Learn Yoga to Tone Up
Edited by HealthNut, Eng, VisiHow, Doug Collins
As well as be an improvement to balance and flexibility, yoga can also be considered a workout! Many yoga poses focus on strength building, and they are great for toning up troublesome areas with just your own body weight. Unlike some other forms of exercise, yoga poses that build muscle usually go hand-in-hand with poses and positions that improve your alignment, so you're always doing more than just toning. Not to mention the spiritual side of yoga and yoga practice, which can help to prepare you or relax you for your day.
Try and hold each pose for about 5-10 breaths but be careful not to overexert yourself. You should be able to get out of each pose slowly and elegantly, rather than collapse out of them. Be patient, as it can take time to build up muscle and stamina; but you'll be surprised just how quickly you can improve.
Click the titles for step-by-step instructions for how to do each pose!
What equipment will you need to get started?
- A yoga mat.
- Some stretchy yoga trousers or leggings.
- A comfortable t-shirt or vest top to allow maximum movement or comfort.
- A yoga block or bolster.
- A yoga strap.
- A thick towel or blanket.
6 Yoga Poses to Tone Your Body Fast
- 1Although Plank, or Phalakasana, is considered an arm-balance pose, it's perfect for strengthening and toning your core as well. Plank is a foundation pose, which will come in use to you when you practice more complicated positions. This pose is great for people who tend to slouch or who work often at desks, as it strengthens and lengthens the spine and neck, improving posture when practiced regularly over time. From Plank, you can easily transition to Downward-Facing Dog, or Chaturanga; although be cautious if you have stomach or digestions problems or if you're pregnant.Plank -- Phalakasana.Advertisement
- 2Commonly known as Chaturanga, this pose is probably the best and most intense for toning your arms and core. Often used as a transitioning position between Downward-Facing Dog and Cobra, or Upward-Facing Dog, Chaturanga allows for a Vinyasa and subtle strength building in the midst of your practice. The Four-Limbed Staff pose can be very challenging; so, do not be deterred or tempted to overexert yourself if you find it difficult. Instead, try the next pose...Four-Limbed Staff Pose - Chaturanga Dandasana.Advertisement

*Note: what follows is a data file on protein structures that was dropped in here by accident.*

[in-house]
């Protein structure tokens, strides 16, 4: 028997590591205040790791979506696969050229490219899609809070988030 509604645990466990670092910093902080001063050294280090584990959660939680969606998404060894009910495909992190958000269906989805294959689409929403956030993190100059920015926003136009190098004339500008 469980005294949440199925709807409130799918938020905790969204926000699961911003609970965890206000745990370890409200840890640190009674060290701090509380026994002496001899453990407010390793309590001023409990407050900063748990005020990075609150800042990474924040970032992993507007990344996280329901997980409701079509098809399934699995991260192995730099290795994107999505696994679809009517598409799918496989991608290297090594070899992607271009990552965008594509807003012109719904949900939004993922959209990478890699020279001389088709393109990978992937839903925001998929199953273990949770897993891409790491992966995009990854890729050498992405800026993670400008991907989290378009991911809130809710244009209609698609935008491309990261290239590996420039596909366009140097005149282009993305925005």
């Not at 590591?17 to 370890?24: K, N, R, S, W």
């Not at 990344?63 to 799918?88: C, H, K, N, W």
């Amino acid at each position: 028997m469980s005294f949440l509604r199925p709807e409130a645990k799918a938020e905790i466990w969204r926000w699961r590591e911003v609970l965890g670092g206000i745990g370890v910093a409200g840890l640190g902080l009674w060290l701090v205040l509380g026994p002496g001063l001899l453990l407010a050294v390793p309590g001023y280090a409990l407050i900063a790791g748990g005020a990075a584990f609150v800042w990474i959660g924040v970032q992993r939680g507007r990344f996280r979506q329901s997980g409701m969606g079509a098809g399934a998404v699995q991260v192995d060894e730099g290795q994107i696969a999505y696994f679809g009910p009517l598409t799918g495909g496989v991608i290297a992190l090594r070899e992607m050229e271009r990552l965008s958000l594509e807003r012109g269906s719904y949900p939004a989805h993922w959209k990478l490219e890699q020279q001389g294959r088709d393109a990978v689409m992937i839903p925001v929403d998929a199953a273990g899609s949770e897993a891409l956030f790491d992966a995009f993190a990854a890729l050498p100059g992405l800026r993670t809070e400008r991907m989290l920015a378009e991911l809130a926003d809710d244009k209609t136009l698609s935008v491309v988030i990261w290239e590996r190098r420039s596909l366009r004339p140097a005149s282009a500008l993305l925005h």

- 3The Hovering Cat is a popular pose for those who are aiming to build strength in their arms and core or who are working towards a full Chaturanga Dandasana. It is important that form and weight distribution is even, that the shoulders are directly above wrists, and the hips are directly above the knees. Slight misalignment could twist your spine and cause back ache.Hovering Cat.
- 4As the inverse of everyone's favourite Downward-Facing Dog, Upward-Facing Dog stretches the spine the opposite way, lengthening through the neck. This pose is especially good for toning the arms, glutes, and thighs as well as for helping to aid alleviating back pain and improving balance. It can be a challenging pose at first; so, by all means use a towel or thick blanket to support your thighs if you need. This pose is not recommended if you have carpal tunnel syndrome or if you are pregnant, but it can be really effective if you have digestion issues.Upward-Facing Dog -- Urdhva Mukha Svanasana.
- 5Navasana perfectly targets the abdomen and thighs and can easily be incorporated into your practice just before your cooldown. You can also add more aerobic aspects to the move by bending and extending the arms and legs or by pulsing the pose. Be careful not to bend your spine or not to put too much pressure on your neck. Good form is vital for the Boat Pose. You may have to avoid this pose if you have abdominal problems such as constipation or menstrual cramps and also if you are pregnant or have low blood pressure.Boat Pose -- Navasana.
- 6The Bridge Pose, also known as Setu Bandha Sarvangasana, mostly targets the glutes while stretching and lengthening the spine. You can intensify your practice by squeezing a yoga block or bolster between your knees, as keeping your knees pressed together is key to working the muscle. Another way to deepen the pose is by coming onto your tiptoes, which engages more muscles. You can experiment with widening and narrowing the knees or by using pulsing motions and squeezes at the top of the pose to bring a more aerobic aspect to your practice.Bridge Pose -- Setu Bandha Sarvangasana.Advertisement
Do you have a favorite yoga pose we've left off the list? Let us know, and we'll add it. Send in your own photos, and we'll even feature you in one of our articles!
If you have problems with any of the steps in this article, please post in the comments section below.
Categories : Sports
Recent edits by: VisiHow, Eng, HealthNut